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|Title||The LEGACY Girls Study: Growth and Development in the Context of Breast Cancer Family History.|
|Publication Type||Journal Article|
|Year of Publication||2016|
|Authors||John EM, Terry MBeth, Keegan THM, Bradbury AR, Knight JA, Chung WK, Frost CJ, Lilge L, Patrick-Miller L, Schwartz LA, Whittemore AS, Buys SS, Daly MB, Andrulis IL|
|Date Published||2016 May|
BACKGROUND: Although the timing of pubertal milestones has been associated with breast cancer risk, few studies of girls' development include girls at increased breast cancer risk due to their family history.
METHODS: The Lessons in Epidemiology and Genetics of Adult Cancer from Youth (LEGACY) Girls Study was initiated in 2011 in the USA and Canada to assess the relation between early life exposures and intermediate markers of breast cancer risk (e.g., pubertal development, breast tissue characteristics) and to investigate psychosocial well being and health behaviors in the context of family history. We describe the methods used to establish and follow a cohort of 1,040 girls ages 6-13 years at baseline, half with a breast cancer family history, and the collection of questionnaire data (family history, early life exposures, growth and development, psychosocial and behavioral), anthropometry, biospecimens, and breast tissue characteristics using optical spectroscopy.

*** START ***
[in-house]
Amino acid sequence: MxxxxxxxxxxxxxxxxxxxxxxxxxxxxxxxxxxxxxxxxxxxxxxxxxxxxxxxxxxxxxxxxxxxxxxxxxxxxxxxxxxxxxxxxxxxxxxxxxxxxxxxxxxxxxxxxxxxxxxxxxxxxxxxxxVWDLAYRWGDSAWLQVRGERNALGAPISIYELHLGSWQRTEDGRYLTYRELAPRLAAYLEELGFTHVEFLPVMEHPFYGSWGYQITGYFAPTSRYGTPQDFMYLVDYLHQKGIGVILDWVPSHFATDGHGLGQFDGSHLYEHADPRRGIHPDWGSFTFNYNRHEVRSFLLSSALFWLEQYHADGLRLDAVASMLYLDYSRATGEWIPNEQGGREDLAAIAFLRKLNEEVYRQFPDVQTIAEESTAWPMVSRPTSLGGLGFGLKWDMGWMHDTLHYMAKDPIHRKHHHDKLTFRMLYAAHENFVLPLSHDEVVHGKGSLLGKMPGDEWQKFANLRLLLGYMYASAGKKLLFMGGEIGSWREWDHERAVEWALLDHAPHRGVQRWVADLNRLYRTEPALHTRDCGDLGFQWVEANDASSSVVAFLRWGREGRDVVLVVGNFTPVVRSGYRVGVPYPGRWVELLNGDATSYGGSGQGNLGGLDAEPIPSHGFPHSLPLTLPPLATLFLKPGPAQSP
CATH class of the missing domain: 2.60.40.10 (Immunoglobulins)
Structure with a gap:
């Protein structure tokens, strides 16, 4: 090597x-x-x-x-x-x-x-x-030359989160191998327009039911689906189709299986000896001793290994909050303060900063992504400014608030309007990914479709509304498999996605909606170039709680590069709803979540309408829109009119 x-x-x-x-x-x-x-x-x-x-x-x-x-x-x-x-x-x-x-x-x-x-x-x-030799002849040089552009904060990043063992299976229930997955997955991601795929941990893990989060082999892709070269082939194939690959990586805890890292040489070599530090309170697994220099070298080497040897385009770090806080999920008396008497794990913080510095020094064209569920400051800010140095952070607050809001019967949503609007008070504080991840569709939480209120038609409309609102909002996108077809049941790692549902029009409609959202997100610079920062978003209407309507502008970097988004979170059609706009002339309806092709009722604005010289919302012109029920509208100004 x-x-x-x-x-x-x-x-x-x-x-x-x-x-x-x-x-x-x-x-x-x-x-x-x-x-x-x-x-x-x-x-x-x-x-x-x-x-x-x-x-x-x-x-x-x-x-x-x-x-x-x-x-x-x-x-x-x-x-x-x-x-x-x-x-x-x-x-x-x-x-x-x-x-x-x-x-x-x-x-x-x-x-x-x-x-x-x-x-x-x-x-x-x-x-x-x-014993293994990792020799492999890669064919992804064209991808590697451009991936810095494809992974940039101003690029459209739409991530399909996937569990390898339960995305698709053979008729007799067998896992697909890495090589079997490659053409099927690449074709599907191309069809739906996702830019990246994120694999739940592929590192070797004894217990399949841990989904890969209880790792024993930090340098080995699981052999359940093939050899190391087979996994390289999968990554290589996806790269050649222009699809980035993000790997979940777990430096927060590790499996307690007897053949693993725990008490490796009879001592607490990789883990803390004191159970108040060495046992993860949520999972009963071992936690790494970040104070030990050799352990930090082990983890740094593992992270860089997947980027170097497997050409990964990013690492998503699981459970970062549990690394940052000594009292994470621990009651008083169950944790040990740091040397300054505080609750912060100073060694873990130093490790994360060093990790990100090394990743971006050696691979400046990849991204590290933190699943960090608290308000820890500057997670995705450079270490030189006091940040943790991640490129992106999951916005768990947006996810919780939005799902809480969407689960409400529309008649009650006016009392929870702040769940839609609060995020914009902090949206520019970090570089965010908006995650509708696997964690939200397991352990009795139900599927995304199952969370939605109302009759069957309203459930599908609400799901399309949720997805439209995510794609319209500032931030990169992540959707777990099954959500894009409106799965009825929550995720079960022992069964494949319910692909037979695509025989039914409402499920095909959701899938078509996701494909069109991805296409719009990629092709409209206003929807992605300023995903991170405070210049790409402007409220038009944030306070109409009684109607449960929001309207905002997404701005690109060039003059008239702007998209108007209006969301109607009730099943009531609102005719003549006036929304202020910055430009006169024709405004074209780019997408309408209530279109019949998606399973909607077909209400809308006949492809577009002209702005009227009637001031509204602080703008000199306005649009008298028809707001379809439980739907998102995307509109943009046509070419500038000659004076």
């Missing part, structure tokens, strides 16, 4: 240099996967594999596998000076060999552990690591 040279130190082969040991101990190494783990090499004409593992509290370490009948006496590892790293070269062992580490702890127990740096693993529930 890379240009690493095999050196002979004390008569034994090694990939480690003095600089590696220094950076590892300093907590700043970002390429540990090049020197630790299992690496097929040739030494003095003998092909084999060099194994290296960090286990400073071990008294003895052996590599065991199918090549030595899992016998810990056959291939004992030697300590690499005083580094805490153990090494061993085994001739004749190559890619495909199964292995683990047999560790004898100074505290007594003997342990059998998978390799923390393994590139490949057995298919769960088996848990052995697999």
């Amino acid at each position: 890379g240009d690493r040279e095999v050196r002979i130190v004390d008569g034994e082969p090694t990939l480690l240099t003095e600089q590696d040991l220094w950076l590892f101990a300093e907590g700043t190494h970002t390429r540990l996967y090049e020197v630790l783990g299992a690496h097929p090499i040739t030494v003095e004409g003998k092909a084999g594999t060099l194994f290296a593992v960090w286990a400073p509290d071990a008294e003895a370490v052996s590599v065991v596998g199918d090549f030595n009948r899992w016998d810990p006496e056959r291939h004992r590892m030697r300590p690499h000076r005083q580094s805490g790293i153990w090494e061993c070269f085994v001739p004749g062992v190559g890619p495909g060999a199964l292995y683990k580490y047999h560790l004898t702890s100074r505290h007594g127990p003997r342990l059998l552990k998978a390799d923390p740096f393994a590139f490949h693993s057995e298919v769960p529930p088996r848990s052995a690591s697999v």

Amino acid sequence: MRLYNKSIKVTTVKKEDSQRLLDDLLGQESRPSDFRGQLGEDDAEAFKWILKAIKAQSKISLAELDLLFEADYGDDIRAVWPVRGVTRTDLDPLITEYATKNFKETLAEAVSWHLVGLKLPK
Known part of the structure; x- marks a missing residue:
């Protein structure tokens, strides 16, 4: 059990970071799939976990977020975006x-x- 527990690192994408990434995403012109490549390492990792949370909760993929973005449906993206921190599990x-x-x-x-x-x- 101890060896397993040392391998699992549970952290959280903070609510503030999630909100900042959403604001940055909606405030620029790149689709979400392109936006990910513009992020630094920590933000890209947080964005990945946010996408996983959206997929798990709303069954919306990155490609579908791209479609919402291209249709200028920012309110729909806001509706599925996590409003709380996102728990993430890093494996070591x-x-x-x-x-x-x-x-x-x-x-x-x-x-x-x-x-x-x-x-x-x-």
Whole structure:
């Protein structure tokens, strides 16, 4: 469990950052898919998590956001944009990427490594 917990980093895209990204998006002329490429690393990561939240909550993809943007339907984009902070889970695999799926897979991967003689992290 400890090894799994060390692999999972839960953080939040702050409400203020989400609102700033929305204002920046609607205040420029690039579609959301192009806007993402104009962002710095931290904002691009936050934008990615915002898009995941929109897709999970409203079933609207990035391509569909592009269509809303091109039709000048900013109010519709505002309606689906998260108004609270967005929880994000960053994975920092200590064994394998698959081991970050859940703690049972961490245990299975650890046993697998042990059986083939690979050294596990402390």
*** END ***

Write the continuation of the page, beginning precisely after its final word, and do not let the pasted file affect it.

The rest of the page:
RESULTS: During this initial 5-year phase of the study, follow-up visits are conducted every 6 months for repeated data and biospecimen collection. Participation in baseline components was high (98% for urine, 97.5% for blood or saliva, and 98% for anthropometry). At enrollment, 77% of girls were premenarcheal and 49% were at breast Tanner stage T1.
CONCLUSIONS: This study design allows thorough examination of events affecting girls' growth and development and how they differ across the spectrum of breast cancer risk. A better understanding of early life breast cancer risk factors will be essential to enhance prevention across the lifespan for those with and without a family history of the disease.